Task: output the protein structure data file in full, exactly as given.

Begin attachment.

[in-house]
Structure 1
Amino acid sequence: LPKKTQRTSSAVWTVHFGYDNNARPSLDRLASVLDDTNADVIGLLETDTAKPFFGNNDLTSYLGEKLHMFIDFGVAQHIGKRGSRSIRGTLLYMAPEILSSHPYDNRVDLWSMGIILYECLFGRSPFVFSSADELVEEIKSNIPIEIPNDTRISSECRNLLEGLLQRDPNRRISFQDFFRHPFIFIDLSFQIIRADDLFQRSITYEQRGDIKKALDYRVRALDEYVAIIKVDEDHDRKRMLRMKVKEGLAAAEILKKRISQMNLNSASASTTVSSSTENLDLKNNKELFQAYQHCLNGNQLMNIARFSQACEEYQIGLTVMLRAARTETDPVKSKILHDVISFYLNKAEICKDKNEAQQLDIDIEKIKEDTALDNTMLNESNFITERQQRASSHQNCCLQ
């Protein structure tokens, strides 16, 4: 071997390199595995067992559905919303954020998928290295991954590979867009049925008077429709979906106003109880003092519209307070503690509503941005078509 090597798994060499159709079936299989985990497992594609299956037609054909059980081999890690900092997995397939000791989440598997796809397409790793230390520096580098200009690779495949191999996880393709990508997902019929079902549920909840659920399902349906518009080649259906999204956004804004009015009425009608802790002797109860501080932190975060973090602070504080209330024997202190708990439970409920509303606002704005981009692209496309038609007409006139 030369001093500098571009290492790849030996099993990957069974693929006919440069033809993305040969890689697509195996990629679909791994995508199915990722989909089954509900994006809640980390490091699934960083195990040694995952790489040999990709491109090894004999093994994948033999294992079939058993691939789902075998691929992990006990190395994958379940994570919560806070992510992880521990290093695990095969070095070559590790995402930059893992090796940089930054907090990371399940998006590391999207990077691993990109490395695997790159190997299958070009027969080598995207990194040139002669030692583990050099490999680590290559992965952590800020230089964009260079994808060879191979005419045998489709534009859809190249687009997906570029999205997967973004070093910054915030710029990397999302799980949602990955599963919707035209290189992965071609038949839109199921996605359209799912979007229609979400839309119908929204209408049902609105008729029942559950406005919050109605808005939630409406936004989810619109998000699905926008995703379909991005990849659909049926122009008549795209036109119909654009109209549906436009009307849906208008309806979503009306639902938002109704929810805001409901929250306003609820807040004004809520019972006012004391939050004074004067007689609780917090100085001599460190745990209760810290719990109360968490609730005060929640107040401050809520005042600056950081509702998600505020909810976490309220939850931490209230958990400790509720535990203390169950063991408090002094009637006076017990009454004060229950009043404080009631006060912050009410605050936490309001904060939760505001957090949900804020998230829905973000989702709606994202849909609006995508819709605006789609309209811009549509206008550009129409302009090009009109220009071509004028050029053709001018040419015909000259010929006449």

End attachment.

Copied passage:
[in-house]
Structure 1
Amino acid sequence: LPKKTQRTSSAVWTVHFGYDNNARPSLDRLASVLDDTNADVIGLLETDTAKPFFGNNDLTSYLGEKLHMFIDFGVAQHIGKRGSRSIRGTLLYMAPEILSSHPYDNRVDLWSMGIILYECLFGRSPFVFSSADELVEEIKSNIPIEIPNDTRISSECRNLLEGLLQRDPNRRISFQDFFRHPFIFIDLSFQIIRADDLFQRSITYEQRGDIKKALDYRVRALDEYVAIIKVDEDHDRKRMLRMKVKEGLAAAEILKKRISQMNLNSASASTTVSSSTENLDLKNNKELFQAYQHCLNGNQLMNIARFSQACEEYQIGLTVMLRAARTETDPVKSKILHDVISFYLNKAEICKDKNEAQQLDIDIEKIKEDTALDNTMLNESNFITERQQRASSHQNCCLQ
């Protein structure tokens, strides 16, 4: 071997390199595995067992559905919303954020998928290295991954590979867009049925008077429709979906106003109880003092519209307070503690509503941005078509 090597798994060499159709079936299989985990497992594609299956037609054909059980081999890690900092997995397939000791989440598997796809397409790793230390520096580098200009690779495949191999996880393709990508997902019929079902549920909840659920399902349906518009080649259906999204956004804004009015009425009608802790002797109860501080932190975060973090602070504080209330024997202190708990439970409920509303606002704005981009692209496309038609007409006139 030369001093500098571009290492790849030996099993990957069974693929006919440069033809993305040969890689697509195996990629679909791994995508199915990722989909089954509900994006809640980390490091699934960083195990040694995952790489040999990709491109090894004999093994994948033999294992079939058993691939789902075998691929992990006990190395994958379940994570919560806070992510992880521990290093695990095969070095070559590790995402930059893992090796940089930054907090990371399940998006590391999207990077691993990109490395695997790159190997299958070009027969080598995207990194040139002669030692583990050099490999680590290559992965952590800020230089964009260079994808060879191979005419045998489709534009859809190249687009997906570029999205997967973004070093910054915030710029990397999302799980949602990955599963919707035209290189992965071609038949839109199921996605359209799912979007229609979400839309119908929204209408049902609105008729029942559950406005919050109605808005939630409406936004989810619109998000699905926008995703379909991005990849659909049926122009008549795209036109119909654009109209549906436009009307849906208008309806979503009306639902938002109704929810805001409901929250306003609820807040004004809520019972006012004391939050004074004067007689609780917090100085001599460190745990209760810290719990109360968490609730005060929640107040401050809520005042600056950081509702998600505020909810976490309220939850931490209230958990400790509720535990203390169950063991408090002094009637006076017990009454004060229950009043404080009631006060912050009410605050936490309001904060939760505001957090949900804020998230829905973000989702709606994202849909609006995508819709605006789609309209811009549509206008550009129409302009090009009109220009071509004028050029053709001018040419015909000259010929006449």